Obligatory Sopranos comment

We watched the series finale of The Sopranos on Sunday. Better bloggers than I, or me, have dissected the final scene and ranted and raved about how David Chase screwed us over and is clearly un-American. As if that’s a bad thing. I’d imagine HBO took a fair amount of abuse along with the subscription cancellations. And I now have an hour less of TV to watch every week. Although Hell’s Kitchen is back on and Gordon Ramsey’s a fat bastard too so it all balances out. Erik and I were in step with the rest of America – he cursed the cable for going out when the screen went to black without the usual music and I poured another glass of wine and laughed and read the message boards.

For what it’s worth, I thought it was a good ending. Anyone that wants their storylines tied up nice and neatly should watch Studio 60 which is back on and will be even more appealing to viewers who hate to waste time thinking for themselves. Studio 60 producer proposes to pregnant Network Executive before she’s wheeled off to surgery for eclampsiya. Aaron Sorkin is genius. As is usual with The Sopranos the ending was the least eventful moment of the episode. Tony S, having quit seeing his therapist of the past 6 seasons, ended up in a meeting with his son’s therapist where he fell back into old habits and started complaining about his mother and how she messed up his life. His wife shoots him a look that pretty much says, you miserable, whingeing bastard, why does everything have to be about you. I’ve been feeling the same way. About myself, not about Tony Soprano, who I’d still shag if I was in my fantasy alternate world.

I’m not doing the therapy thing these days, due to my therapist Rick being a complete arse and anyway I don’t feel like I need it (a sure sign that I do). But I do think I have a bit of a blame mentality, which is probably a term I picked up during one of my sessions. I think this may have come from doing my solo show again, a therapy exercise in itself, which gives me the chance to wallow in my past for 25 mins a night, albeit with some admittedly well-written humour. I’m about to exacerbate my problem by going to Fresno, California for 2 weeks to take a solo performers workshop. The workshop is all about writing from personal experience and cultural background, which means I’ll be able to complain about both my life and being a Brit. It was either this course or one on improv, taught by the Chicago Second City people. Given that my attempts at improv usually end with me in tears and hating myself, the results might be similar but I’ve made my choice. Of course I’m now getting worried that everyone else will have a better personal story than me and with less than a month to go it’s perhaps a little unrealistic to hope for some life-changing event to write about. I certainly don’t want to go back to childhood stuff again and have to compete against someone that was abused/orphaned/forced to eat cat food, who will turn their Fresno experience into a best-selling memoir of survival and overcoming the odds that I’ll flick through while in the bookstore on my next visit to Heathrow Airport. It doesn’t help that the guest artists are all from more interesting and/or troubled parts of the world. Growing up under the regime of Robert Mugabe in Zimbabwe or in an aborigine tribe in Australia clearly gives you an advantage when it comes to emotional manipulation of an audience. I can’t even take the socio-political tack. I was never very politically active, unless you count my subscription to Marxism Today or getting caught up in a miners strike protest in London when I was trying to get to Top Shop to buy a frilly white shirt like the new romantics wore.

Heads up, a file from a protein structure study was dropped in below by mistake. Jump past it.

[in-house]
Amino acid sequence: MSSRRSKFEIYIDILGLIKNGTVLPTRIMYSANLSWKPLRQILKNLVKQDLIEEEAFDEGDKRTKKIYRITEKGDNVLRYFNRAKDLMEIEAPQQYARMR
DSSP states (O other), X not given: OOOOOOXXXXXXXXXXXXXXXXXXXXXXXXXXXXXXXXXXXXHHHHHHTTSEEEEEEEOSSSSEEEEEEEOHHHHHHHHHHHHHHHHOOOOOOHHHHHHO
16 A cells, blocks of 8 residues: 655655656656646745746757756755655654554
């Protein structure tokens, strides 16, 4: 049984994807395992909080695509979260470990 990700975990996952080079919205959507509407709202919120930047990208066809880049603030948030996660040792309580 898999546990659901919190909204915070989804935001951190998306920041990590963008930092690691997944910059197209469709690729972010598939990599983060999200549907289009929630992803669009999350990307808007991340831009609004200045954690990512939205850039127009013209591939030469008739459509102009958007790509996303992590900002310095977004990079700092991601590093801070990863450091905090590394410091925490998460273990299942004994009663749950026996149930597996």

The course instructors most recent advice was to ‘write about what you know’. I’m already doing this, my latest show, which will premiere at Fronterafest in January is based on the band Queen and my 17 years in the Queen Fan Club. It has no depth, no point and is really just a chance to talk about my crush on Roger Taylor and play some of my favorite songs. I hope to move the audience to clapping and possibly some toe tapping.

Woe is me.

Just getting myself into a Fresno frame of mind.